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>> wild fish are important because they are beautiful. it's a beautiful species and they are a miracle of nature. but they're important because they are also the food source for everything from bears to caddisflies to eagles to killer whales. i mean, that's what feeds the food webs of the north pacific, wild salmon protein, pumped out of the ocean up into the rivers, delivered almost perfectly to every corner of the watershed. >> narrator: bristol bay's great sockeye salmon run is concentrated in several major river systems. each year, millions of fish swim up rivers like the nushagak or the kvichak to get to their spawning streams. it's here, north of lake iliamna, between two branches of that pristine watershed, that an extraordinary discovery has been made. for decades, several mining companies have been exploring the area, drilling core samples and mapping an area called the pebble deposit.
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this was in 2007. >> what we're doing here is in-fill drilling in pebble east. meaning we're on the known deposit area. they are putting the rods all the way down, as deep as 5,000 feet. so the drill bit can cut the core, and then they'll bring it out in these rods. >> we're now in a stage, a very early stage, we're still exploring the deposit. it's a very large deposit. it's the largest contained gold and contained copper concentration in all of north america. >> it's just incredible. i mean, what an opportunity for a young geologists right out of school to be working on one of the largest copper deposits in the world. it's almost like this is truncating up against this guy. i mean, if you just look at the section here, you say, okay, well, that's 2,500 feet, you know, that's over 2,500 feet of .7% copper equivalent. that's... it's just unheard of. and it's amazing. it's a huge system. and, as geologists, it's just an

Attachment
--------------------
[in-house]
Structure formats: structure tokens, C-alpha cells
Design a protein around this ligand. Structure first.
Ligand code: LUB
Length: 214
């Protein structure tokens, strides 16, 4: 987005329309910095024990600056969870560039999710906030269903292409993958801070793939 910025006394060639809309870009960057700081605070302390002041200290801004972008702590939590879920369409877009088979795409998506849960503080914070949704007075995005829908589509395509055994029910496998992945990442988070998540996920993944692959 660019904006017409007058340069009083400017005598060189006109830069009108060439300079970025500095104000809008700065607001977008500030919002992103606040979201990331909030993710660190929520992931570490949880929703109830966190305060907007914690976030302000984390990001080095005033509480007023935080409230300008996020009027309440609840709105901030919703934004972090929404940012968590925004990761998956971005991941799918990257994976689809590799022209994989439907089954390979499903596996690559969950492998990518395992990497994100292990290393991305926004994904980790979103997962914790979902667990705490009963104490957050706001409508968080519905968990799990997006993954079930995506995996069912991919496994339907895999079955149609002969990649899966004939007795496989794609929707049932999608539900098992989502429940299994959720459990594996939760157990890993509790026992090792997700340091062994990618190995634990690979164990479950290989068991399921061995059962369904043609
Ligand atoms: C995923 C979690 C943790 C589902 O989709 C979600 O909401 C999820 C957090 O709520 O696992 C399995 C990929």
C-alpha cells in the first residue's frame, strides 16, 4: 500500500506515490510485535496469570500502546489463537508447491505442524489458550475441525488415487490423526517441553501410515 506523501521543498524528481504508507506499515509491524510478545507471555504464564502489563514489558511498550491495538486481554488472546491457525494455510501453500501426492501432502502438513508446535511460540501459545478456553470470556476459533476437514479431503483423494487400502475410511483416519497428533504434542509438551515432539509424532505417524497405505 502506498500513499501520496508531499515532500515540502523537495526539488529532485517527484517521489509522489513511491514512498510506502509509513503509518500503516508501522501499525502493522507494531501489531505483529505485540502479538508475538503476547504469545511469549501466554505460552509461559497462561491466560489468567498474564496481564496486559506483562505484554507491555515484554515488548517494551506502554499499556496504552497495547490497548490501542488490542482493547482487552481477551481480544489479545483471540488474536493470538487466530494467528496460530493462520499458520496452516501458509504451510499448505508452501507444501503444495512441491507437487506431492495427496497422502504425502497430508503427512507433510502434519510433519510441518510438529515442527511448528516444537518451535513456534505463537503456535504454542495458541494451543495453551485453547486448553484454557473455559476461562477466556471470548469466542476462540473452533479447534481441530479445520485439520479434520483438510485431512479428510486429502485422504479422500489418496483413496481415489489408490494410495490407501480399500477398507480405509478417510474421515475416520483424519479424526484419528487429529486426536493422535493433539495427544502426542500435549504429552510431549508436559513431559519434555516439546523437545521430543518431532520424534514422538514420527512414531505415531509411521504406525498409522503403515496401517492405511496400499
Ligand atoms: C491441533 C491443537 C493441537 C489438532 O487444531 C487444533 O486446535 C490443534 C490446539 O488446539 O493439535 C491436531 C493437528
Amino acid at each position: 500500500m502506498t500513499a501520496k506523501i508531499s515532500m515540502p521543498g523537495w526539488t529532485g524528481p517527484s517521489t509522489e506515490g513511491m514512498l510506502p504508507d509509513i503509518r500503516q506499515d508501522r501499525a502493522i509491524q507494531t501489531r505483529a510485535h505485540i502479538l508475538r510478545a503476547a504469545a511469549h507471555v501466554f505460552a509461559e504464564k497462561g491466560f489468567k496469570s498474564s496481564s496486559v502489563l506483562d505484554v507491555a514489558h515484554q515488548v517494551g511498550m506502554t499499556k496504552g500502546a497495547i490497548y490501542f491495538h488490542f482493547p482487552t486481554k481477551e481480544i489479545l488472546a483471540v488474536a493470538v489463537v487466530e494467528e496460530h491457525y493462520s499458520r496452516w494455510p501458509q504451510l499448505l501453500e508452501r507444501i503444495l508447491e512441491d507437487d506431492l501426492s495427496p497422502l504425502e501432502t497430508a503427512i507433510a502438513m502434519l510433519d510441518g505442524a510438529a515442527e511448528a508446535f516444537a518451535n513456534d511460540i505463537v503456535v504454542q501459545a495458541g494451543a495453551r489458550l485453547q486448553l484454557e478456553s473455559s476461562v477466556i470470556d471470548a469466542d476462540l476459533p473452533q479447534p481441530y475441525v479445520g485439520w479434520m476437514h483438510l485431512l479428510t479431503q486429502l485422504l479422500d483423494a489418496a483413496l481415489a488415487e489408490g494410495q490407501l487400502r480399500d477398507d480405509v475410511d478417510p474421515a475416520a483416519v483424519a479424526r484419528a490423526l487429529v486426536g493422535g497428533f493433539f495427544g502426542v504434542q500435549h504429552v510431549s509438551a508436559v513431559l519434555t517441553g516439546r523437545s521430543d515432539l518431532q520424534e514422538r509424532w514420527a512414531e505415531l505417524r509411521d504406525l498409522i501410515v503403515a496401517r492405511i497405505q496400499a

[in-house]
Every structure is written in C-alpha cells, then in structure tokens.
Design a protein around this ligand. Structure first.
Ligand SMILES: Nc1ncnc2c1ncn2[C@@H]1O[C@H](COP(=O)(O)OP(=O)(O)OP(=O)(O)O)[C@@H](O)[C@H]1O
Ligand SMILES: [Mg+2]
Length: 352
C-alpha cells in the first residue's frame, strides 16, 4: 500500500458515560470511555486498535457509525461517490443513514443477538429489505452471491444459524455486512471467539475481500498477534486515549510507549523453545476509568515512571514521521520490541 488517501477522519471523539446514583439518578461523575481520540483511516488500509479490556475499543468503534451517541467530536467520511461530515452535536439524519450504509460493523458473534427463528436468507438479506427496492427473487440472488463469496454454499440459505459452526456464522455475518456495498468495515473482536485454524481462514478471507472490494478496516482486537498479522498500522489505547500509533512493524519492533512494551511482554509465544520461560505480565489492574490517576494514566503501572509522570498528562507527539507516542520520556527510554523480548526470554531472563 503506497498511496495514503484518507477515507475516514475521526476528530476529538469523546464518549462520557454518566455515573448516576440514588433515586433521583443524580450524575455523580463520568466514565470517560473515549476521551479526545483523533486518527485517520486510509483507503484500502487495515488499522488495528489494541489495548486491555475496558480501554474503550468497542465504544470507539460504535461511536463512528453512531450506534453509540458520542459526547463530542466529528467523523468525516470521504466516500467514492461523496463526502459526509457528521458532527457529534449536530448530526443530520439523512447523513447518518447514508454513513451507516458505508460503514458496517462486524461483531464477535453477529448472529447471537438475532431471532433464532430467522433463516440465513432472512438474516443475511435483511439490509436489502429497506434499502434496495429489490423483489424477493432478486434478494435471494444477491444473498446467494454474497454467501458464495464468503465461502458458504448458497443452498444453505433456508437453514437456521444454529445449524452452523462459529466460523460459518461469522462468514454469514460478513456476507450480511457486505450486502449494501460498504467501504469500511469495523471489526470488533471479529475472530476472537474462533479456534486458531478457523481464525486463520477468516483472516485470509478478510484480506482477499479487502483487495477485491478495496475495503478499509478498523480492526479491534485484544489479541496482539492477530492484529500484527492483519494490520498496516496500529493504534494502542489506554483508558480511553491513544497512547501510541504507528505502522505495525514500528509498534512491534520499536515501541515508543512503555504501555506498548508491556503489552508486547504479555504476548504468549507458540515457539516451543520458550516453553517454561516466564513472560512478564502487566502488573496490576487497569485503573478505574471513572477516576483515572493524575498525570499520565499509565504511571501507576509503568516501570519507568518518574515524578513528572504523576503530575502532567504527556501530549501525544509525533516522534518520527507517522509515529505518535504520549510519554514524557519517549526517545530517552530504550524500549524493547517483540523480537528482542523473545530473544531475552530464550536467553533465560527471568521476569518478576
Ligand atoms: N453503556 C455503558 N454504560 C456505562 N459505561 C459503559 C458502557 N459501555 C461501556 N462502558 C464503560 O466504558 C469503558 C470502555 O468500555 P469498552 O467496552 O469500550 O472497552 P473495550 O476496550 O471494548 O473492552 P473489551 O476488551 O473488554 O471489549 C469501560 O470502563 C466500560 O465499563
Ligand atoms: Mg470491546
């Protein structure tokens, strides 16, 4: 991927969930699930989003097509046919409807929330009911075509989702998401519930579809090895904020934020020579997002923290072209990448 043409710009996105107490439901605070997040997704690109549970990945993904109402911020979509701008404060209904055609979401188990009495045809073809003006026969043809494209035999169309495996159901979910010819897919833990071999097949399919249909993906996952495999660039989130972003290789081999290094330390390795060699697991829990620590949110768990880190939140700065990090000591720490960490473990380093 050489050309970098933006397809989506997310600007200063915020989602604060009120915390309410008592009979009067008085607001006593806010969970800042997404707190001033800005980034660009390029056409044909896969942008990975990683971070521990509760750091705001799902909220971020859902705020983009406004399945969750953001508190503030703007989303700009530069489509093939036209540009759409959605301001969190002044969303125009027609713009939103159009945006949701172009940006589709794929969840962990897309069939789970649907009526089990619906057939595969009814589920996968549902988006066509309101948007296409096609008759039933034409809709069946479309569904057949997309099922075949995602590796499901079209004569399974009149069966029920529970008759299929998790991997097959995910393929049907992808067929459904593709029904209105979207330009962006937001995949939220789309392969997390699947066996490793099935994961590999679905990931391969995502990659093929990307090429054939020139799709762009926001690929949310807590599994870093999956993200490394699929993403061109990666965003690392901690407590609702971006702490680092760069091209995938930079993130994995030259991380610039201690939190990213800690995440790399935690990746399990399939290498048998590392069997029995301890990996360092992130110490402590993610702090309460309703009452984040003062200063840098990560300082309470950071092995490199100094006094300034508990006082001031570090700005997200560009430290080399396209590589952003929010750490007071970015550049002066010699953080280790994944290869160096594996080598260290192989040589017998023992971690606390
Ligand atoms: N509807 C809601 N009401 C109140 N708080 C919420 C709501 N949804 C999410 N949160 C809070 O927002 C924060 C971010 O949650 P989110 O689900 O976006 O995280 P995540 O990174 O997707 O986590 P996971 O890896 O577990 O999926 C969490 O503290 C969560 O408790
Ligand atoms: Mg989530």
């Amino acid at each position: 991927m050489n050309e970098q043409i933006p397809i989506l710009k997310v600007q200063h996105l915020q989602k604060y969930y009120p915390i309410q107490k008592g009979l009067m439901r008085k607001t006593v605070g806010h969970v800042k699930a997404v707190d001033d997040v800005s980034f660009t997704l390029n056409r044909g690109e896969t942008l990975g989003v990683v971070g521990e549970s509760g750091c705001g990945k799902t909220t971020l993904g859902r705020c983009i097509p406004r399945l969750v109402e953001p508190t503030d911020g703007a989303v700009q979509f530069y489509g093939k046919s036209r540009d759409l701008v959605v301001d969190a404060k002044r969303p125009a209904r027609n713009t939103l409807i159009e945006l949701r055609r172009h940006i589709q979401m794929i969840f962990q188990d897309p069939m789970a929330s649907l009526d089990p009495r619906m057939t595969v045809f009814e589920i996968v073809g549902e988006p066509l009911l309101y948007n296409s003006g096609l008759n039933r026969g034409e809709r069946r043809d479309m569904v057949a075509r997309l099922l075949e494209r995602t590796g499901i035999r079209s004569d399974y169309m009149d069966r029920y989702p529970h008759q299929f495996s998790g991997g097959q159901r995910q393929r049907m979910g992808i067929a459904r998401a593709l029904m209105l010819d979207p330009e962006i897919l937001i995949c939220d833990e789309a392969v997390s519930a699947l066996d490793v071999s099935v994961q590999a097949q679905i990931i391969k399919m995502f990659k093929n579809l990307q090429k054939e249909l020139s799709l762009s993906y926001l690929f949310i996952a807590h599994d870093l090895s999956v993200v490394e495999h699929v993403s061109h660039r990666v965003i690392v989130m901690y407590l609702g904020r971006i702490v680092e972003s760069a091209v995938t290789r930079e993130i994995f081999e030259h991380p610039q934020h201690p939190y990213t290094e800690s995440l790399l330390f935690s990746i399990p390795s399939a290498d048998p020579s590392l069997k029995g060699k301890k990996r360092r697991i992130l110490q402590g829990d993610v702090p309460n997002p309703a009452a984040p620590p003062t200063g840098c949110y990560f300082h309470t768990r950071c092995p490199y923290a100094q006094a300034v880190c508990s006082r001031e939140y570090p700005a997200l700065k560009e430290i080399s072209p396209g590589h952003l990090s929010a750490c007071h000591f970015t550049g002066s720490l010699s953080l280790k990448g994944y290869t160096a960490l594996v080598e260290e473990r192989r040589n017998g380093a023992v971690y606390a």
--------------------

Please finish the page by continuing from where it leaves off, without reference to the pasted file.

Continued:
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absolute dream. >> narrator: on its website, the mining company has illustrated the extent of the known deposit. it shows more than a half-mile deep of high-grade copper ore. it contains an estimated 80 billion pounds of copper, 5.5 billion pounds of molybdenum, and 100 million ounces of gold. >> i'd say primarily it's a copper mine, certainly with gold credits. but it's primarily a copper mine. >> if, for example, gold were to go to $5,000 an ounce tomorrow, this would become a gold mine. just that little section there. >> if you took the current metal prices on the london exchange, and applied that to the current estimates of metal in the ground, then the value of e deposit for all the metal in the ground that we know of today is in excess of $200 billion. >> that's why jim and i get paid such big bucks.
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>> it is the largest known copper resource and the largest known gold resource in north america today, and the second largest deposit of its type ever found. >> i just find the stuff. what they do with it afterwards is, you know, the corporate guys. >> narrator: the corporate guys are the pebble partnership, an international consortium led by anglo american, that has assembled mineral leases over 330 square miles of state land. it's this land, braided with creeks and streams, that has become a controversial battleground, with environmentalists questioning whether a mine can coexist with the salmon fishery. >> the pebble prospect lies on the headwaters of two of bristol bay's most important salmon- producing systems. >> narrator: doctor carol ann woody is a fish and wildlife biologist who has been working with the nature conservancy. >> it's basically distilled water. it's as pristine as water can get.
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>> narrator: she's been counting the number of young salmon in these streams, to document that this area at the mine site is fish habitat. >> it doesn't look like much does it? but these little tiny streams are very important because these are nursery habitat for small salmon. >> do we have any more in the bucket? >> cohos? >> yeah. >> coho salmon and king salmon and all the little fish, after they hatch out, they have to find a place to get away from all the big predators that want to gobble them down, and the strategy is for them to move upstream. and this is where the small salmon learn to fight and get food and run away from kind of smallish predators. and they sort of go from being a little kid to the teenager, until they can play in the bigger river with the big kids. if you put water in it, they mellow out. watch. put water in and they'll just calm down because they feel better. like, "oh, i can breathe again."